Total-ly Chinese

Via The Wall Street Journal, an article reporting that Total SA is looking to expand its cooperation with China’s leading oil producer on a range of fronts, including a multibillion-dollar natural-gas project in northern China and prospective overseas deals in Iran and Venezuela.  As the report notes:

“…The French oil-and-gas company has been aggressive about cooperating with China, although some of its efforts have stumbled or failed. The cooperation reflects Chief Executive Christophe de Margerie’s belief that Total is better off trying to forge partnerships with rising competitors from the world’s most populous country than strictly trying to compete.

Total’s advanced technology and international experience, along with China’s rising clout in the energy sector, mean “there is a real opportunity for Chinese companies and Total to work together,” Mr. de Margerie said Monday in Beijing, where he and a team of executives are accompanying French Prime Minister Fran[ccedil]ois Fillon on a visit. “In countries where we have experience, like in Africa, in Latin America, definitely we are better together than separately,” Mr. de Margerie said in an interview.

Total’s cooperation with China National Petroleum Corp., or CNPC, the country’s biggest oil producer, has extended into several geopolitically sensitive regions where it is often difficult to get deals done.

Mr. de Margerie said Total aims to make a joint bid with CNPC to develop a heavy-oil block in Venezuela’s Carabobo region. He declined to estimate timing or investment for that possible project. Several heavy-oil blocks are expected to be auctioned next year in the eastern Orinoco region of Venezuela, with each block costing as much as $10 billion to $20 billion, and the project could include construction of facilities to upgrade the tar-like crude into lighter oil.

Total and CNPC, in partnership with Petronas, Malaysia’s state-owned oil-and-gas company, won the rights to the relatively small Halfaya oil field in Iraq earlier this month. But Total and CNPC lost out in their joint bid to develop Iraq’s giant Majnoon oil field; Mr. de Margerie said competing bids were too high to make the project cost-effective for Total.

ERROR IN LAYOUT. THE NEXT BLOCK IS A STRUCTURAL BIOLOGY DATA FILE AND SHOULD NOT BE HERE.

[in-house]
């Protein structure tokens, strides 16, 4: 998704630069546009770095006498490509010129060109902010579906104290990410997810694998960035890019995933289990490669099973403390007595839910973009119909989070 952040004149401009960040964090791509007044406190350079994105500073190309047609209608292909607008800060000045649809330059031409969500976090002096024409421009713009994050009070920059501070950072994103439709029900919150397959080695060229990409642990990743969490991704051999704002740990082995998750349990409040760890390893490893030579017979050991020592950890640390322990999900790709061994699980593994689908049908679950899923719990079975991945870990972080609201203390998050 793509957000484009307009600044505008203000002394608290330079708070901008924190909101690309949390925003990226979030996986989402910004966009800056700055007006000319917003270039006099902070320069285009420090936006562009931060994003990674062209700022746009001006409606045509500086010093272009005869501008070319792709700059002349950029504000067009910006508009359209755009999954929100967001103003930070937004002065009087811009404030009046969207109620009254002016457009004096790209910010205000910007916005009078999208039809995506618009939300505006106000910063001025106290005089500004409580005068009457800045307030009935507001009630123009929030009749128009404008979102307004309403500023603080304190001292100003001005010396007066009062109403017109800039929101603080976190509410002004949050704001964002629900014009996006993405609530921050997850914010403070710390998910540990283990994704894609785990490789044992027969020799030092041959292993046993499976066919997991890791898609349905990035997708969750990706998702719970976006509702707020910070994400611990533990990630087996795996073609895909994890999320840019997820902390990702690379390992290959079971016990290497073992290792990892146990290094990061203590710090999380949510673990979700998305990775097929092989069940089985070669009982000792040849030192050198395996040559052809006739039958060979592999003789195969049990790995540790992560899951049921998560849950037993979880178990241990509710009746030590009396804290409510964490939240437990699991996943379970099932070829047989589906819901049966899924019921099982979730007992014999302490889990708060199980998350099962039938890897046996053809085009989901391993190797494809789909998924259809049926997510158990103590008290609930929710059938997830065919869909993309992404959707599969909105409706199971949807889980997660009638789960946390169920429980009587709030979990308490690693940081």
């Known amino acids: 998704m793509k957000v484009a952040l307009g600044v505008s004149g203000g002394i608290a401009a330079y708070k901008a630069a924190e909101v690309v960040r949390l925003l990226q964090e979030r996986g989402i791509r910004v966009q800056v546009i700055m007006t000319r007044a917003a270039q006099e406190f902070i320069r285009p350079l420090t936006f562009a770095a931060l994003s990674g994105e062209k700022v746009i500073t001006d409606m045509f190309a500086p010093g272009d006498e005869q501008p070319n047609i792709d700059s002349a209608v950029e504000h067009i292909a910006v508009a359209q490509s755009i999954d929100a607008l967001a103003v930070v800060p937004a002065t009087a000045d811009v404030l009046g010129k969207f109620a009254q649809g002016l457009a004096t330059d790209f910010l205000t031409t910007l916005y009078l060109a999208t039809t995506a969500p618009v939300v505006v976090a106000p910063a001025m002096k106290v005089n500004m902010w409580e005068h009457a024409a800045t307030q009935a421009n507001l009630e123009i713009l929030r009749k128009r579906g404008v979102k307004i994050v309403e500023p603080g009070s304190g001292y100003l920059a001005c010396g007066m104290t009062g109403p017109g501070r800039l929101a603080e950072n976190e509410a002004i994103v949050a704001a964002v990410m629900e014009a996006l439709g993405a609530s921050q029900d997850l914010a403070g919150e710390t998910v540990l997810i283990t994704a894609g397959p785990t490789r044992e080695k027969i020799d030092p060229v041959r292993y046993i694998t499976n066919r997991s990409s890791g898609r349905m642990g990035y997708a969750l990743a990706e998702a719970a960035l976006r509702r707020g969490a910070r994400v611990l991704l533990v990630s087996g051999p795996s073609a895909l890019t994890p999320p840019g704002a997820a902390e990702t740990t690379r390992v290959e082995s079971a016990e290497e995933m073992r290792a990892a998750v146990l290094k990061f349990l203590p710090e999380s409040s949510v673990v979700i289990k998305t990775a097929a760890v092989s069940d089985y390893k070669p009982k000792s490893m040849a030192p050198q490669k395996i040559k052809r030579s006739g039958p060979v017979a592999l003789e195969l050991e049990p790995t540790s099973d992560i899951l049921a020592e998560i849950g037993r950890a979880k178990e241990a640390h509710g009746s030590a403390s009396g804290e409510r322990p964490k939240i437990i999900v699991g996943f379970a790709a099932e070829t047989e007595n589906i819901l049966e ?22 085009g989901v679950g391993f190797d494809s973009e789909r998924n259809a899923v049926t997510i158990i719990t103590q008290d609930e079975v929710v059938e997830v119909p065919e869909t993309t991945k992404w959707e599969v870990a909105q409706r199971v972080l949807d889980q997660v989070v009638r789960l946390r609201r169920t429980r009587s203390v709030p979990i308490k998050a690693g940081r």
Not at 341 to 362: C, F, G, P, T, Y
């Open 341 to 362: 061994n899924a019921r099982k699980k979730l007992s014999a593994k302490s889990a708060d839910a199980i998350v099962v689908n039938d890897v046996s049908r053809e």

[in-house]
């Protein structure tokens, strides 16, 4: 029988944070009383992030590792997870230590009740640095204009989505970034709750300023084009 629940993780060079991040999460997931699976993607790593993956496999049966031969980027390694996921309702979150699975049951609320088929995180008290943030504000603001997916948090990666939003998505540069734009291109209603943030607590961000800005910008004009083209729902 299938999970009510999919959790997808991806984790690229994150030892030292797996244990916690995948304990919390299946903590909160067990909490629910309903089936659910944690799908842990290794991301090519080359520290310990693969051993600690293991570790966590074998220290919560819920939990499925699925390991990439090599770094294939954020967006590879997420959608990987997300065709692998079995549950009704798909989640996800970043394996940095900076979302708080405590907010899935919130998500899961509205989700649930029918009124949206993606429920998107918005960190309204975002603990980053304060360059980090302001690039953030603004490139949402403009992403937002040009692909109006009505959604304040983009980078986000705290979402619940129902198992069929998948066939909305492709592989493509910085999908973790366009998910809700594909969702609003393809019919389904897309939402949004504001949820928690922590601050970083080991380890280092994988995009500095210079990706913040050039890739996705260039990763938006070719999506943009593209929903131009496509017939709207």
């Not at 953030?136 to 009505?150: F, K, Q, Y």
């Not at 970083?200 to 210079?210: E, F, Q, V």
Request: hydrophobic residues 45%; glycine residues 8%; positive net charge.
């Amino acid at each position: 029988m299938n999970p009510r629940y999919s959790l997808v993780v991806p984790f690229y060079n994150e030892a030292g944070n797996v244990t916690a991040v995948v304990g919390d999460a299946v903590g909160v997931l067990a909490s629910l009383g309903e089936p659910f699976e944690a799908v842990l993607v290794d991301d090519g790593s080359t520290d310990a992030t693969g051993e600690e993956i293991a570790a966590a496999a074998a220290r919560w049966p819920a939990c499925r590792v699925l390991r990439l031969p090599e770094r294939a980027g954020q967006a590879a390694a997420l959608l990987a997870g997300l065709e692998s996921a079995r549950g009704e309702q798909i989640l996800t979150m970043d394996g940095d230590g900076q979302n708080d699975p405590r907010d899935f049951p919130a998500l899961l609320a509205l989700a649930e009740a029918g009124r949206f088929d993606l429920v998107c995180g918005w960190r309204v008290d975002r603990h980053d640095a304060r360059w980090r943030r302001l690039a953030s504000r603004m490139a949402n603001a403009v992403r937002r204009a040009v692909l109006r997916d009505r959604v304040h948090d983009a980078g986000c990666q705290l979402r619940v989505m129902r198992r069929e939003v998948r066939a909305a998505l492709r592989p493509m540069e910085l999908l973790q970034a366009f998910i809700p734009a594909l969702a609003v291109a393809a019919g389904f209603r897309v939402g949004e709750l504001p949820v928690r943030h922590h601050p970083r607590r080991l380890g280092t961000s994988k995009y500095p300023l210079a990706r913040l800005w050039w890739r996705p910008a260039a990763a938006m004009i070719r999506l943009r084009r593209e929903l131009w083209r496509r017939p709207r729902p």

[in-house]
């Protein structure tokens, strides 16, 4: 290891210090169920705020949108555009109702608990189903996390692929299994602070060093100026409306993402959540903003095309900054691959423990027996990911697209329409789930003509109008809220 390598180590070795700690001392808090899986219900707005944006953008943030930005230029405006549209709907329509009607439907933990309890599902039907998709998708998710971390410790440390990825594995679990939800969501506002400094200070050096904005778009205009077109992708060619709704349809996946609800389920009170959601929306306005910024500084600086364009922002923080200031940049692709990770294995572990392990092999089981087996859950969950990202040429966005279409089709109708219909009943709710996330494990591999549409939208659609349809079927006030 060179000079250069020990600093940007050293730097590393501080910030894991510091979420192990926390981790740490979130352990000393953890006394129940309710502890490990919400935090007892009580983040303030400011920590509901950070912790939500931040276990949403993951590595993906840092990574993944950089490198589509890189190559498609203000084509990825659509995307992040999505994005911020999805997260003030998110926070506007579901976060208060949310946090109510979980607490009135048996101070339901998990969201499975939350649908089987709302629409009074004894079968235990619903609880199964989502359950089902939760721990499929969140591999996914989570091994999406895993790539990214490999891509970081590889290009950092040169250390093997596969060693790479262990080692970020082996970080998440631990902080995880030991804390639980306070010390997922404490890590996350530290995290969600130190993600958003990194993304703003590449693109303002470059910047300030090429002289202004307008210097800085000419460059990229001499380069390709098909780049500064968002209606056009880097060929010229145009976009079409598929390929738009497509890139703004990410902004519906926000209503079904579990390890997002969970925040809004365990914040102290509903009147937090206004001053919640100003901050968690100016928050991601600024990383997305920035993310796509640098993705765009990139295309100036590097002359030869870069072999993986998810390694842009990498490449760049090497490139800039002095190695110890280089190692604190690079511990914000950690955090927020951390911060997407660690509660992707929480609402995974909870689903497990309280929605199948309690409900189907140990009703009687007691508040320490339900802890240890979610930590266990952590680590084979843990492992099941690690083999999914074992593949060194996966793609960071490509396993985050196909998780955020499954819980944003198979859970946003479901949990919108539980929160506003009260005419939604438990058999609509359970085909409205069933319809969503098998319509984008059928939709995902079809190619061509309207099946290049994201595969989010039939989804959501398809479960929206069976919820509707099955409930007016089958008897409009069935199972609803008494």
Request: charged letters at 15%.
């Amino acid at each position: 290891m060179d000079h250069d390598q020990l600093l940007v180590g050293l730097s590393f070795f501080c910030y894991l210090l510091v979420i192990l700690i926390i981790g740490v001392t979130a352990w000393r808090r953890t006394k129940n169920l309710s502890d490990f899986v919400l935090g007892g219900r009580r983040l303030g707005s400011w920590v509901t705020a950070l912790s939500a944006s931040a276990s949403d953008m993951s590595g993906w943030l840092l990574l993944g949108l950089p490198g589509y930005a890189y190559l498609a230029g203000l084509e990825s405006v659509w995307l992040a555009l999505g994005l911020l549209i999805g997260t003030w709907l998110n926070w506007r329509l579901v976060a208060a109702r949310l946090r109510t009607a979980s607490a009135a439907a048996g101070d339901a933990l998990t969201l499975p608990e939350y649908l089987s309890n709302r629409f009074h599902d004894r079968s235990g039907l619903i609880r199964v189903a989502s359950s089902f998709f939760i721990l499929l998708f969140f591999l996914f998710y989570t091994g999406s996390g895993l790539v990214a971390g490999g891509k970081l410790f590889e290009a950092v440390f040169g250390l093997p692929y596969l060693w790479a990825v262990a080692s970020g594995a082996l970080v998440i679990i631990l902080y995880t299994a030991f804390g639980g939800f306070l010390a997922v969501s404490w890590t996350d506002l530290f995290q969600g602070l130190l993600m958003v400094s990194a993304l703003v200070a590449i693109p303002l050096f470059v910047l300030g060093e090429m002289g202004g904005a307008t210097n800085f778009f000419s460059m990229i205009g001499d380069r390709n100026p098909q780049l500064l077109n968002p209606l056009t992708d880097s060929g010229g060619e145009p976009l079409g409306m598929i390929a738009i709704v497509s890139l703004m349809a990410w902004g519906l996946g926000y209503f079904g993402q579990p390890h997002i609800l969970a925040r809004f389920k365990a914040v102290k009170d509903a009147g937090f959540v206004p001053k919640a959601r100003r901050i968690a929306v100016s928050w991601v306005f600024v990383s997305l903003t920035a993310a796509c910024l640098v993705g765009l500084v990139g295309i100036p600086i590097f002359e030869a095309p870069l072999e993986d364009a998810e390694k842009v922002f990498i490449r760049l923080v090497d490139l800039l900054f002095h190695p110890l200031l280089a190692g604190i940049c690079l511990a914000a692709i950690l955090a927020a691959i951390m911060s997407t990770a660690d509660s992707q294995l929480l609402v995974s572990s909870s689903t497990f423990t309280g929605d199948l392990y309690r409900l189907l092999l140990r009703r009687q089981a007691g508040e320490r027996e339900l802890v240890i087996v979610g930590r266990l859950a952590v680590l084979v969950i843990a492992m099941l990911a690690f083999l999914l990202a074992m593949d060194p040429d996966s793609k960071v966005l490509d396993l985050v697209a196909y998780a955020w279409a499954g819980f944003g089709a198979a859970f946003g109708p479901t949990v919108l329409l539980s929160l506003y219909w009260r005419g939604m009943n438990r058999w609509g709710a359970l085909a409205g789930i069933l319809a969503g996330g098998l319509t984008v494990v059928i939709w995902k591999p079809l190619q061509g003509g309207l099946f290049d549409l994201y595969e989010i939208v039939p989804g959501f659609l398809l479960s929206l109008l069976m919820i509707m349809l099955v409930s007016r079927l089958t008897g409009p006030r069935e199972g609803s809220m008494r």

Total also is talking to CNPC about possibly joining it in developing part of Iran’s giant South Pars gas field and exporting liquefied natural gas from it, Mr. de Margerie said. But Total’s involvement in that project has been complicated in part by disagreements with CNPC and Iran over how to proceed.

In June, Iran and CNPC signed a contract to work on extracting gas from part of the South Pars field, known as Phase 11. CNPC in effect replaced Total, which had long been in negotiations with Tehran about the huge gas field but which has pushed for an integrated project that includes the extraction of gas, its transformation into liquefied natural gas and the export of that LNG.

“We have been always favoring the full integrated project” in South Pars, Mr. de Margerie said. “CNPC and Iran separated the two, upstream from LNG, and we’ve said that was not our cup of tea,” he added.

Total continues to talk to CNPC about the possibility of an integrated LNG project in South Pars, Mr. de Margerie said. But any deal would require Iranian-government approval, and “Iran, for the time being, has stopped” discussing LNG.

Total and Mr. de Margerie have come under fire in the past for their involvement in Iran, primarily from U.S. politicians critical of the country’s government. Mr. de Margerie said Monday he thinks Total must continue to talk to governments such as Iran’s because energy investments are long-term and politics change. “If you just say, ‘OK, there is a problem today, so I will never look at it anymore,’ then you never do anything,” he said.

The French executive, who took the helm at Total nearly three years ago, voiced optimism regarding a joint project with CNPC to develop part of China’s biggest gas field. The two companies have been researching the technically difficult South Sulige gas field in northern China’s Ordos Basin for several years and must decide by the end of January on terms for a project that would cost more than $1 billion initially and cost several billion dollars during the project’s 20- to 25-year lifetime.

Mr. de Margerie said he is confident the two will move forward with the project, which would still require final approval from China’s government. Gas production would start in 2013 at the soonest.

CNPC also is cooperating with other foreign oil giants. In October, for example, CNPC and Chevron Corp. got approval from the National Development and Reform Commission for the first phase of a $4.7 billion, 30-year pact to develop a gas field in central China’s Sichuan province.”

This entry was posted on Tuesday, December 22nd, 2009 at 8:08 am and is filed under China, China National Petroleum Corporation, Total.  You can follow any responses to this entry through the RSS 2.0 feed.  Both comments and pings are currently closed. 

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